You’ve been planning this for a long time—or maybe this is a sudden necessity—and you’re getting ready to buy a new car. As you wander through parking lots, perusing possible candidates, you stop at a car that has that certain pop to you. Or you find the car you’ve been endlessly researching. You like the look and feel of the car from the outside, but what about when you’re in the driver’s seat? When you’re in the process of looking for a new car, taking test drives are essential, but are you getting the most out of your experience?
What Should I Look for During a Test Drive?
– Interior: The first thing you’ll notice when you get into the driver’s seat is, obviously, the interior of the car. You’ve most likely singled that car out after you’ve taken a gaze through the windshield, but now you have to see how you fit inside the vehicle. As you sit in the driver’s seat, determine whether you can be comfortable in the seat for long periods of time. Along with comfort, look for and test out other valuable components to the interior: cup holders, stereo system/radio, heating and cooling system, seat movement (electric or manual).
– Handling: As you begin the test drive, pay close attention to how the car handles while turning, reversing, and braking. Does the car turn smoothly? What’s the turning radius? How touchy are the gas and brake pedals? Of course, it’s not going to be exactly like your last car, but check the handling to gauge if the car is one you can maneuver easily. Along with steering, check out the handle switches attached to the wheel: look for controls for the windshield wipers and headlights. Make sure that everything is manageable for you while you drive. You should also pay attention to the ride: is the interior quiet? How does the car’s suspension handle rougher terrain?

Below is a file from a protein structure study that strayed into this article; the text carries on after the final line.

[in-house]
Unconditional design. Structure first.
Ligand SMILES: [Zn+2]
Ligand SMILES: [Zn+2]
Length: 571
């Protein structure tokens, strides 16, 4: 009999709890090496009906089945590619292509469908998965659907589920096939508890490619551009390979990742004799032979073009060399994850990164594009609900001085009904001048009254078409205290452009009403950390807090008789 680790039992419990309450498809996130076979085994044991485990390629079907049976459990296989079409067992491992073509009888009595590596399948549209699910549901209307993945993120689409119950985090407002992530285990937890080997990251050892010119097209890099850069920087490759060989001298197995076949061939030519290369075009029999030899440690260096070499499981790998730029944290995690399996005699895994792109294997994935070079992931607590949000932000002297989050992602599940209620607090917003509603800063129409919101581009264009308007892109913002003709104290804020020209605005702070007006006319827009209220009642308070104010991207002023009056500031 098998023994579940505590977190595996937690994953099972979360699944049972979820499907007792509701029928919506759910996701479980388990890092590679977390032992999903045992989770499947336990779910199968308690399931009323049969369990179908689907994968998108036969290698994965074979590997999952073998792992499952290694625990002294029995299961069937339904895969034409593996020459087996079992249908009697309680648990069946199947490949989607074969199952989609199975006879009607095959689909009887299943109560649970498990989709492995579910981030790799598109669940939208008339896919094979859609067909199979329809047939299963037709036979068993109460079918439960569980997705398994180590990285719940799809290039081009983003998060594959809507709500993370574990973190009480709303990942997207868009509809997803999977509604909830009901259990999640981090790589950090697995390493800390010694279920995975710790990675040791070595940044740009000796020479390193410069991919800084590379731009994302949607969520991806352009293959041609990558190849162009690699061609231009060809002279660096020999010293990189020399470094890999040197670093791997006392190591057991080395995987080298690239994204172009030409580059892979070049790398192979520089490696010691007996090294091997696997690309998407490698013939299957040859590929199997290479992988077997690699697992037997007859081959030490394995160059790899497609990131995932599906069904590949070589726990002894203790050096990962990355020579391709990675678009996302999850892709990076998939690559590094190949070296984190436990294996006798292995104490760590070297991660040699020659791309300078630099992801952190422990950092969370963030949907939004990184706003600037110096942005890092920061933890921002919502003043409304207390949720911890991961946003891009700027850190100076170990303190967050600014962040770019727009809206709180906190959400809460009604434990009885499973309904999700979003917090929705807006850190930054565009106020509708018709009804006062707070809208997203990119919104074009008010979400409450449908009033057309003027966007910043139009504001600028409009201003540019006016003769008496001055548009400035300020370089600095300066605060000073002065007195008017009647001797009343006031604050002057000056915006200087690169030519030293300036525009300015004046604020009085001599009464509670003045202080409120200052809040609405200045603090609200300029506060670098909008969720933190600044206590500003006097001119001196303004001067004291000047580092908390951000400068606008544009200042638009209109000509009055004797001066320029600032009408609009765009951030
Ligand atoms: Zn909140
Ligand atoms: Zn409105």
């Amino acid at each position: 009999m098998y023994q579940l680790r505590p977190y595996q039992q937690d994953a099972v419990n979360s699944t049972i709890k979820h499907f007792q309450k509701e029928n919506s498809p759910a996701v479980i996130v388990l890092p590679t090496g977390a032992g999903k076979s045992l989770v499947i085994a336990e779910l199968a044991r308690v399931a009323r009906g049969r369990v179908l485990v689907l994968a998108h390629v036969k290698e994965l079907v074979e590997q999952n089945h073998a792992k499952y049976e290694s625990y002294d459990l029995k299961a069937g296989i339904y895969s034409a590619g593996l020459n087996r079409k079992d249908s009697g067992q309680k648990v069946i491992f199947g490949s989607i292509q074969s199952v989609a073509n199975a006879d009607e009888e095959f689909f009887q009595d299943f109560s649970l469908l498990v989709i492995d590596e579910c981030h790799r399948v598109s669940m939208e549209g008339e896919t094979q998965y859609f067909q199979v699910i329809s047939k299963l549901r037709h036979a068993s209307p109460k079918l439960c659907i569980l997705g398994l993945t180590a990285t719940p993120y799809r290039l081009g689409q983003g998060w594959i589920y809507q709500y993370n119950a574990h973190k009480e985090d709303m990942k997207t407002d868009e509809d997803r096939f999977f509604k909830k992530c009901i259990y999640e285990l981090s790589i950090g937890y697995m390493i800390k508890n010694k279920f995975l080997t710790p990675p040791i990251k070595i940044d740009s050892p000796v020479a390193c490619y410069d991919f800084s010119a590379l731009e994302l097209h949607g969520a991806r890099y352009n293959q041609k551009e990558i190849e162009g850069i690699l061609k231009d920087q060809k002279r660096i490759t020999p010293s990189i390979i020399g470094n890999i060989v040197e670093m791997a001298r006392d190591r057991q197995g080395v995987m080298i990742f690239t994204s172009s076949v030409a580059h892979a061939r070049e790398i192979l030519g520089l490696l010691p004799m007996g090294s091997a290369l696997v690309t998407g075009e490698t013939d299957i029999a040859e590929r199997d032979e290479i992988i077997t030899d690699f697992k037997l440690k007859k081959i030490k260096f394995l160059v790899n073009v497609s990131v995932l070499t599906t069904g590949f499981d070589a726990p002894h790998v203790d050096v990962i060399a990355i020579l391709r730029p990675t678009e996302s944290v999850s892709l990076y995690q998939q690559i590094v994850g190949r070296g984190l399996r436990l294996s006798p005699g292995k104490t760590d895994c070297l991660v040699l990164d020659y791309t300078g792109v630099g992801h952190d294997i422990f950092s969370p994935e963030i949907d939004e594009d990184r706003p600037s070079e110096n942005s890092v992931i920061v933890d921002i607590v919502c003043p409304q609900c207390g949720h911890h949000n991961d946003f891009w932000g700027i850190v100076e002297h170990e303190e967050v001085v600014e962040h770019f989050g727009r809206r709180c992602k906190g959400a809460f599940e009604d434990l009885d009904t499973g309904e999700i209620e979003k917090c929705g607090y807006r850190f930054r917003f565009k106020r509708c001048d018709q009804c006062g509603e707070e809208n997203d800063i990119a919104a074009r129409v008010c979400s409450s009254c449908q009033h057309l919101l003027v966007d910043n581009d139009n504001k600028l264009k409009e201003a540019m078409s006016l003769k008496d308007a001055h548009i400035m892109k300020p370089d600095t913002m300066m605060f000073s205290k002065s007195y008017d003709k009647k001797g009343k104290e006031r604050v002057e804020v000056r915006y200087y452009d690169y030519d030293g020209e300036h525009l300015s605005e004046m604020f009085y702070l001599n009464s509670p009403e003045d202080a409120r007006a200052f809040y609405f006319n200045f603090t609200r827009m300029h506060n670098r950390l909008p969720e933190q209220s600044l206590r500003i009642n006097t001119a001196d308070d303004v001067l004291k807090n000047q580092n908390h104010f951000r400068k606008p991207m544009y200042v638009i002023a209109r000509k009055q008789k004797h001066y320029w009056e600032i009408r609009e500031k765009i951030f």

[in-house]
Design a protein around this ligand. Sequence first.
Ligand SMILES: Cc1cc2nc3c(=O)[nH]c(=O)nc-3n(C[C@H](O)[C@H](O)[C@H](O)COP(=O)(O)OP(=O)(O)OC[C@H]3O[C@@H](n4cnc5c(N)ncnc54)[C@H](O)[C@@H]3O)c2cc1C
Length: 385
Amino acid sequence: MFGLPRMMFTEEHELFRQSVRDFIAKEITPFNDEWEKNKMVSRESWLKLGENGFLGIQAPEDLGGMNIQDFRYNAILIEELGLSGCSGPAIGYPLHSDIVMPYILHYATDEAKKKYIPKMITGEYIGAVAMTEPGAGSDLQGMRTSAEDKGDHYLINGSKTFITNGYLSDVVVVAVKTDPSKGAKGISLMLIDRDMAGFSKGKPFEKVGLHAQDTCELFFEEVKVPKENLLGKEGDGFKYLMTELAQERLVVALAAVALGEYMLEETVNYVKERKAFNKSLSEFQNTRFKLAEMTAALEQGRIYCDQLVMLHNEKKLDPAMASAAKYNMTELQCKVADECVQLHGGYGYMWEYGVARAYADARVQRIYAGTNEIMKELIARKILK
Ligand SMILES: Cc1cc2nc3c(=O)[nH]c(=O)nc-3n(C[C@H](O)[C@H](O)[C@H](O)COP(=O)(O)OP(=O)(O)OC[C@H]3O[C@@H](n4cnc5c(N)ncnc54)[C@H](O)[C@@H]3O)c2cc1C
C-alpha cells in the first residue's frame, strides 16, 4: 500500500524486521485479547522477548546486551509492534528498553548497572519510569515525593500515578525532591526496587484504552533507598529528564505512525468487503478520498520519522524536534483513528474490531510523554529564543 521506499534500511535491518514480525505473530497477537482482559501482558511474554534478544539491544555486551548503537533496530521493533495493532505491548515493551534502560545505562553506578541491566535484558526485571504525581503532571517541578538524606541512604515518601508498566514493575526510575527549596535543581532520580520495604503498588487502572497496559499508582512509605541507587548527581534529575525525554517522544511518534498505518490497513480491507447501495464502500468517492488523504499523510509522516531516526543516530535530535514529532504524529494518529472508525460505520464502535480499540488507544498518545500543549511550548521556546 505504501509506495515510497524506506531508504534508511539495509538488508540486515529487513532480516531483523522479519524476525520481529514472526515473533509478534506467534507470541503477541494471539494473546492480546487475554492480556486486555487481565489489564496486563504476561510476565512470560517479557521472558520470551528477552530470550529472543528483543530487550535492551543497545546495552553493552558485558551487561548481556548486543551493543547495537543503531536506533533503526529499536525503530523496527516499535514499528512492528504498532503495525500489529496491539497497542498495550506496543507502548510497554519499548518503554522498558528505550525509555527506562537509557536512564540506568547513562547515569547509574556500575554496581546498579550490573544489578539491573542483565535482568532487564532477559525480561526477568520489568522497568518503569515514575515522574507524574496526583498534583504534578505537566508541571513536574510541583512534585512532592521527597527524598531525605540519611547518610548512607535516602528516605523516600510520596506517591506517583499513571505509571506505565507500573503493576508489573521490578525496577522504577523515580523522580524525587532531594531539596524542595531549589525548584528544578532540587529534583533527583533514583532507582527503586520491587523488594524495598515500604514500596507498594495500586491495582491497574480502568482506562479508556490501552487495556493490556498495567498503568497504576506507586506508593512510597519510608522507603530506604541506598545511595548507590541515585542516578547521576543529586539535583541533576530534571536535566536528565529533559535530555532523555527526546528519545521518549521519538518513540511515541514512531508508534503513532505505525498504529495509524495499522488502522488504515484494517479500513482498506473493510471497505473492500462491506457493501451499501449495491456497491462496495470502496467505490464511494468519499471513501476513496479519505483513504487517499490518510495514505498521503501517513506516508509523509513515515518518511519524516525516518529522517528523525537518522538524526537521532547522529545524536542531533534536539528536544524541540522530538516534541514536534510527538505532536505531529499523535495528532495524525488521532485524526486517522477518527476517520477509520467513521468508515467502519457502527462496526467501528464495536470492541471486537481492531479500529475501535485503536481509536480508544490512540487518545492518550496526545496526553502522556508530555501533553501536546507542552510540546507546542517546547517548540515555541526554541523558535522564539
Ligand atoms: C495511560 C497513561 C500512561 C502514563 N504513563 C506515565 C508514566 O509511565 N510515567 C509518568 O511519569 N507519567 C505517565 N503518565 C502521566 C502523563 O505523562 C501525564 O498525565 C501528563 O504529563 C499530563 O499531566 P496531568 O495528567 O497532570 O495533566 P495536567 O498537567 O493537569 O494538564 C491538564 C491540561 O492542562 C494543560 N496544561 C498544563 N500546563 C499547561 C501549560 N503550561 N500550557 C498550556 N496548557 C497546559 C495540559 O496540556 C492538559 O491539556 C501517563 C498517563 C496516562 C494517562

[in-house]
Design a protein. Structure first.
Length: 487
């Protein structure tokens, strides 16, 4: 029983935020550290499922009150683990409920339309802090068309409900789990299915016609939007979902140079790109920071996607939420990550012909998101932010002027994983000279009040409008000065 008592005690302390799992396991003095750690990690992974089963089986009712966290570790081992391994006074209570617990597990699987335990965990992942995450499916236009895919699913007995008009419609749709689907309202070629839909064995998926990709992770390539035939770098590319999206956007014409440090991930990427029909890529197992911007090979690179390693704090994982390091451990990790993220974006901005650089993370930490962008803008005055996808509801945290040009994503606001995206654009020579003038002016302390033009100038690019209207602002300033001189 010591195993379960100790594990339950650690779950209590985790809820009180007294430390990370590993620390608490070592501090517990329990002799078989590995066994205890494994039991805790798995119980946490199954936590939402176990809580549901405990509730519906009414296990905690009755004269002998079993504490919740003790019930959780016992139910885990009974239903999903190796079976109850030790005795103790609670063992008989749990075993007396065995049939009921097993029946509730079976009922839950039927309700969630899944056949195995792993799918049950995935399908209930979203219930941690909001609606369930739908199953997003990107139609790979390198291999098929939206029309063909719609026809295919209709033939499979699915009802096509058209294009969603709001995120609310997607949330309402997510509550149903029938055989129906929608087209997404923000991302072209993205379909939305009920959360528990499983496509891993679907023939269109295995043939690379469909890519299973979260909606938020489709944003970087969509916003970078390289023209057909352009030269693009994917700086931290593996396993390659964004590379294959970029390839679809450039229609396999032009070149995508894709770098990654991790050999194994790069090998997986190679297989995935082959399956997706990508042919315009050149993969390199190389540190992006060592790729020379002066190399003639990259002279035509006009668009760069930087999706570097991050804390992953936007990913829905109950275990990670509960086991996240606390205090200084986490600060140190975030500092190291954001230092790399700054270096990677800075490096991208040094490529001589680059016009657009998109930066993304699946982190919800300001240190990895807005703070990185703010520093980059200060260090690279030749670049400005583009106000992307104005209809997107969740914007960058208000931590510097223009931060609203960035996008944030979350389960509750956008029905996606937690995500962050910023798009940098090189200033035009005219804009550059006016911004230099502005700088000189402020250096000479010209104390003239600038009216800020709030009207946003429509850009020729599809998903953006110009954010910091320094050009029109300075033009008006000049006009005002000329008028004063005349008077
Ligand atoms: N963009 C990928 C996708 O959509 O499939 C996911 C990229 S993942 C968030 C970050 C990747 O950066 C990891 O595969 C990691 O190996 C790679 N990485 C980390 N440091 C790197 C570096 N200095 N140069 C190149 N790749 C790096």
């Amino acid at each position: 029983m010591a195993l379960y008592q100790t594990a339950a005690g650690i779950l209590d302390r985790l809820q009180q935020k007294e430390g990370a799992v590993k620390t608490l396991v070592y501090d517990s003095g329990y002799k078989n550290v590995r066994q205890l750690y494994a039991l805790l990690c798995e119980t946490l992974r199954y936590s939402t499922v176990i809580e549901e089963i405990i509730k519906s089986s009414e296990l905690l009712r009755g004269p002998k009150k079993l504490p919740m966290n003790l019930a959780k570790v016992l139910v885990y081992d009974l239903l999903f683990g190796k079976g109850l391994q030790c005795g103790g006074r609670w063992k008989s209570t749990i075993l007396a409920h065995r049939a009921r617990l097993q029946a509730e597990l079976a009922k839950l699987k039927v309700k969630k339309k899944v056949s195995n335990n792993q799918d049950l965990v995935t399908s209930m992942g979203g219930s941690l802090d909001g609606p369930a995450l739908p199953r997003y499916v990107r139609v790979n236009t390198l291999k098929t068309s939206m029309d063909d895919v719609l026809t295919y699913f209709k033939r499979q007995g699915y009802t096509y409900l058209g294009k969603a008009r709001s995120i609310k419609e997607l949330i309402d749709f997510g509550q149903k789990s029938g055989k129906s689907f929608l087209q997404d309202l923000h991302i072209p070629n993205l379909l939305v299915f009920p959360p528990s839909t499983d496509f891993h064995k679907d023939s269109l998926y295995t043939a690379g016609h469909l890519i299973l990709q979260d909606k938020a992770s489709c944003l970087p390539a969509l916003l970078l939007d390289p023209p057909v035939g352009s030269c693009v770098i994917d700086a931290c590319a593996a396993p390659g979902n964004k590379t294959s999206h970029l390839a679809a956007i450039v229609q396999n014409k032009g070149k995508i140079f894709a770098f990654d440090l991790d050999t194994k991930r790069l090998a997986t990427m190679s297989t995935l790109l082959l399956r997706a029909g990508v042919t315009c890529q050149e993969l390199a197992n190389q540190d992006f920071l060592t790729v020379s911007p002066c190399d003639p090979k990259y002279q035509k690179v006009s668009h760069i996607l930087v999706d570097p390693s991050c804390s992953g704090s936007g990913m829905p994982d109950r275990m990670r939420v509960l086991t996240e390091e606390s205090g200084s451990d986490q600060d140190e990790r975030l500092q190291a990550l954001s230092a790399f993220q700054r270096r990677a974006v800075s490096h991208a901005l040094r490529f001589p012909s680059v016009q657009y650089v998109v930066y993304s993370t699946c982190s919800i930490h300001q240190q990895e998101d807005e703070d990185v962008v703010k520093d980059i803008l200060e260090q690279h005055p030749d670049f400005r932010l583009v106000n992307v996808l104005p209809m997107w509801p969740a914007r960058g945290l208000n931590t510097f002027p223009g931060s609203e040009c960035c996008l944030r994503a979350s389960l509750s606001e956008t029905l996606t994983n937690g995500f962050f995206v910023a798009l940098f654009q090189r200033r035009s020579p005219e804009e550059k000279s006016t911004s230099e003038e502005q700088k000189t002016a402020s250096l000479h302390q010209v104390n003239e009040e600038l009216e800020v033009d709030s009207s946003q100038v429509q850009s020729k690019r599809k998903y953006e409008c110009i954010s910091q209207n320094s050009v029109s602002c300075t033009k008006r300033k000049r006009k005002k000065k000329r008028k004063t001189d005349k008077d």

Where Should I Go on the Test Drive?
When you pull out of the car lot to begin your test drive, you need to think about where you will typically drive the car. You obviously will drive any car you purchase on a number of different types of roads and terrain. Where do you drive most often? Whatever the answer may be, you should take the car to that type of terrain first—if possible—be it city streets, interstates, or gravel roads. After, test the car out on as many other driving situations as possible within your time limit. Find a steep hill (this is notoriously difficult in parts of Indiana) and, if traffic allows, stop the car, then accelerate up the hill to see how much it rolls back, and how powerful the vehicle is in those situations. This will ensure that you become acquainted with the car in many different scenarios.
Will the Salesperson Come with Me?
While you may think you can get a good handle on the vehicle during your test drive, bringing a salesperson along with you can help you as you work your way through the drive. In fact, many dealerships require that a salesperson accompany you on the test drive for insurance reasons, so expect to have a passenger. This is a plus, though, as the salesperson will know the ins and outs of that car and can help answer any questions as they arise during the test drive.
While you walk up and down car lot aisles looking for the best car, remember that taking a test drive can show you exactly how any car operates.
What do you do when taking a potential car out for a test drive? What do you look for? Share in the comments section below!